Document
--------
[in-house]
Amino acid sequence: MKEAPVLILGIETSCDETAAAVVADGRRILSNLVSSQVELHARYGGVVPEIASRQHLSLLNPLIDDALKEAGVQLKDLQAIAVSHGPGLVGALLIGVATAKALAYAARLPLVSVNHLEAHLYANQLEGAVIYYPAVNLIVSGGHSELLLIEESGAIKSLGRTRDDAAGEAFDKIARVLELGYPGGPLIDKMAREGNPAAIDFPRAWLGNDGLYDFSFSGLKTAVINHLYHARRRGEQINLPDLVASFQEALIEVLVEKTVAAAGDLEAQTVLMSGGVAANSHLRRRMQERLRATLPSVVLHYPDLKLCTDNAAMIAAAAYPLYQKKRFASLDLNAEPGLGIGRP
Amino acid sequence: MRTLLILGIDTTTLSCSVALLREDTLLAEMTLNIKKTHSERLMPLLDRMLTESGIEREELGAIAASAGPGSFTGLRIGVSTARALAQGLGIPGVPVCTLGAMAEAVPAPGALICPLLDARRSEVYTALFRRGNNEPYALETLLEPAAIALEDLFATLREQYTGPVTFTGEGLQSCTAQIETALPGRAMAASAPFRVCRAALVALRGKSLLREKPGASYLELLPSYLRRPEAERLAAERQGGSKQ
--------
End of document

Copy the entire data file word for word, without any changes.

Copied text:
[in-house]
Amino acid sequence: MKEAPVLILGIETSCDETAAAVVADGRRILSNLVSSQVELHARYGGVVPEIASRQHLSLLNPLIDDALKEAGVQLKDLQAIAVSHGPGLVGALLIGVATAKALAYAARLPLVSVNHLEAHLYANQLEGAVIYYPAVNLIVSGGHSELLLIEESGAIKSLGRTRDDAAGEAFDKIARVLELGYPGGPLIDKMAREGNPAAIDFPRAWLGNDGLYDFSFSGLKTAVINHLYHARRRGEQINLPDLVASFQEALIEVLVEKTVAAAGDLEAQTVLMSGGVAANSHLRRRMQERLRATLPSVVLHYPDLKLCTDNAAMIAAAAYPLYQKKRFASLDLNAEPGLGIGRP
Amino acid sequence: MRTLLILGIDTTTLSCSVALLREDTLLAEMTLNIKKTHSERLMPLLDRMLTESGIEREELGAIAASAGPGSFTGLRIGVSTARALAQGLGIPGVPVCTLGAMAEAVPAPGALICPLLDARRSEVYTALFRRGNNEPYALETLLEPAAIALEDLFATLREQYTGPVTFTGEGLQSCTAQIETALPGRAMAASAPFRVCRAALVALRGKSLLREKPGASYLELLPSYLRRPEAERLAAERQGGSKQ